Daviss other comics work includes Tumbleweeds, Gnorm Gnat and Mr. Potato Head. Davis has written all of the Emmy Award-winning or nominated Garfield TV specials and was one of the producers behind the Garfield & Friends TV show which aired on CBS from 1988 to 1994 and he continues to work on the strip. Jim Davis was born in Marion, Indiana on July 28,1945, Davis grew up on a small farm in Fairmount, with his father James William Jim Davis, mother Anna Catherine Betty Davis, brother Dave and 25 cats. Daviss childhood on a farm parallels the life of Garfields owner, Jon Arbuckle, who was raised on a farm with his parents. Jon is a cartoonist, who celebrates his birthday on July 28. Davis attended Ball State University where he studied art and business, while attending Ball State, he became a member of the Theta Xi fraternity. Unlike the bachelor, Jon Arbuckle, Davis has been married twice, first to Carolyn and they have a son, James Alexander Davis. On July 16,2000, Davis married his current wife, Jill, in the fall of 2016 Jim Davis joined the faculty of Ball State University in Muncie as an adjunct professor.
Davis resides in Albany, where he and his staff produce Garfield under his Paws, Inc. company, Inc. employs nearly 50 artists and licensing administrators, who work with agents around the world managing Garfields vast licensing and entertainment empire. Davis is a president of the Fairmount, Indiana FFA chapter. Prior to creating Garfield, Davis worked for an advertising agency and he created a comic strip, Gnorm Gnat, that ran for five years in The Pendleton Times, an Indiana newspaper. When Davis attempted to sell it to a comic strip syndicate, an editor told him, Your art is good, your gags are great. On June 19,1978, Garfield started syndication in 41 newspapers, today it is syndicated in 2,580 newspapers and is read by approximately 300 million readers each day. In the 1980s, Davis created the slapstick comic strip U. S. Acres. Outside the U. S. the strip was known as Orsons Farm, along with Brett Koth, made a 2000–03 strip based on the Mr. Potato Head toy. Davis founded the Professor Garfield Foundation to support childrens literacy, Jim Davis at the Internet Movie Database Jim Davis interview is available for free download at the Internet Archive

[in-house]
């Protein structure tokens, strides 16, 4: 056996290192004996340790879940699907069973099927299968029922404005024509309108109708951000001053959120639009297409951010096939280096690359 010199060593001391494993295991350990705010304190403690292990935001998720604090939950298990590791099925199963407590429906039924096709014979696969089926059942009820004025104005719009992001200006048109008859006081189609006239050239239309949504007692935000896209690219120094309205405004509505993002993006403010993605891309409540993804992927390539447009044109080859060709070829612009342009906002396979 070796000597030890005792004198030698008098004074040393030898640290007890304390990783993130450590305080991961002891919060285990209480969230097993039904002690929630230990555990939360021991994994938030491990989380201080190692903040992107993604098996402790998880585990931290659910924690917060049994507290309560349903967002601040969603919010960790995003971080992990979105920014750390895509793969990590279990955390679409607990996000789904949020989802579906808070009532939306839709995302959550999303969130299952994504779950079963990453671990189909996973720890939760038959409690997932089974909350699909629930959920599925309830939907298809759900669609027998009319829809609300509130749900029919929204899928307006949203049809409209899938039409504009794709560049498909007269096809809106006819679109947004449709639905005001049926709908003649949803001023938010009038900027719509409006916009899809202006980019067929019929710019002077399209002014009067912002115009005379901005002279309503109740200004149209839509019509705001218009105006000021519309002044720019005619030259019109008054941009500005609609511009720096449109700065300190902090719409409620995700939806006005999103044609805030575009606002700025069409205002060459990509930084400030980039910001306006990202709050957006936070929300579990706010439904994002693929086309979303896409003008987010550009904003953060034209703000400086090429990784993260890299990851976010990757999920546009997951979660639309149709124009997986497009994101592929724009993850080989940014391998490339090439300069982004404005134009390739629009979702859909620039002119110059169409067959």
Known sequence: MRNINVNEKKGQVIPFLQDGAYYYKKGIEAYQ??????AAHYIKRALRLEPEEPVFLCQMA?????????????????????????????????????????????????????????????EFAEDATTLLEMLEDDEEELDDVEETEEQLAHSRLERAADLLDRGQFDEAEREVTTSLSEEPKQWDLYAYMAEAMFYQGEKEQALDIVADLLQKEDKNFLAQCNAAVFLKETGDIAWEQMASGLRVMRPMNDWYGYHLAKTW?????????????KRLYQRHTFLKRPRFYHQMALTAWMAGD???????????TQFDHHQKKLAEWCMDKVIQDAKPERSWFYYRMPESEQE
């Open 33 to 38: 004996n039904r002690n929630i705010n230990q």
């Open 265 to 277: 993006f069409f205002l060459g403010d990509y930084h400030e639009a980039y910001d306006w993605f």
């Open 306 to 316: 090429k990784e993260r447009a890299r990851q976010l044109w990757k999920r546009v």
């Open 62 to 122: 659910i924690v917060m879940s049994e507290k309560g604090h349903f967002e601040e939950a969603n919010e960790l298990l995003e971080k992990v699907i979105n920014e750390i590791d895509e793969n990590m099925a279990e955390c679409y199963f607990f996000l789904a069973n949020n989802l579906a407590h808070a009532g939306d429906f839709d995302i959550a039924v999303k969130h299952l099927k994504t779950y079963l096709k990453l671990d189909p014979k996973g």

Timothy James Tim Curry is an English actor, voice actor, and singer. He is known for his work in a range of theatre, film. Curry was born in Grappenhall and his father, James Curry, a chaplain in the Royal Navy, died when Curry was 12. Currys mother, Patricia, a secretary, died in June 1999 after living with cancer for two years. His older sister, was a concert pianist who died of a tumour in the early 2000s. Curry spent most of his childhood in Plymouth, but, after his fathers death from pneumonia in 1958, Curry went to boarding school and attended Kingswood School in Bath, Somerset. He developed into a boy soprano. Deciding to concentrate on acting, Curry graduated from the University of Birmingham with a degree in English. Curry recalled his first encounter with the project, Id heard about the play because I lived on Paddington Street, off Baker Street, and there was an old gym a few doors away. I saw Richard OBrien in the street, and he said hed just been to the gym to see if he could find a muscleman who could sing, I said, Why do you need him to sing.
And he told me that his musical was going to be done and he gave me the script, and I thought, Boy, if this works, its going to be a smash. Originally, Curry rehearsed the character with a German accent and peroxide blond hair, Curry originally thought the character was merely a laboratory doctor dressed in a white lab coat. He continued to play the character in London, Los Angeles, figure out, help them maybe figure out their own sexuality. In 2016, Curry played The Criminologist in the film remake of The Rocky Horror Picture Show. Shortly after the end of Rocky Horrors run on Broadway, Curry returned to the stage with Tom Stoppards Travesties, which ran in London and New York from 1975 to 1976. Travesties was a Broadway hit which won two Tony Awards, as well as the New York Drama Critics Circle Award, and Currys performance as the famous dadaist Tristan Tzara received good reviews. In 1981, Curry formed part of the original cast in the Broadway show Amadeus, playing the title character and he was nominated for his first Tony Award for this role but lost out to his co-star Ian McKellen, who played Antonio Salieri.
In 1982, Curry took the part of the Pirate King in the Drury Lane production of Joe Papps version of The Pirates of Penzance opposite George Cole, earning enthusiastic reviews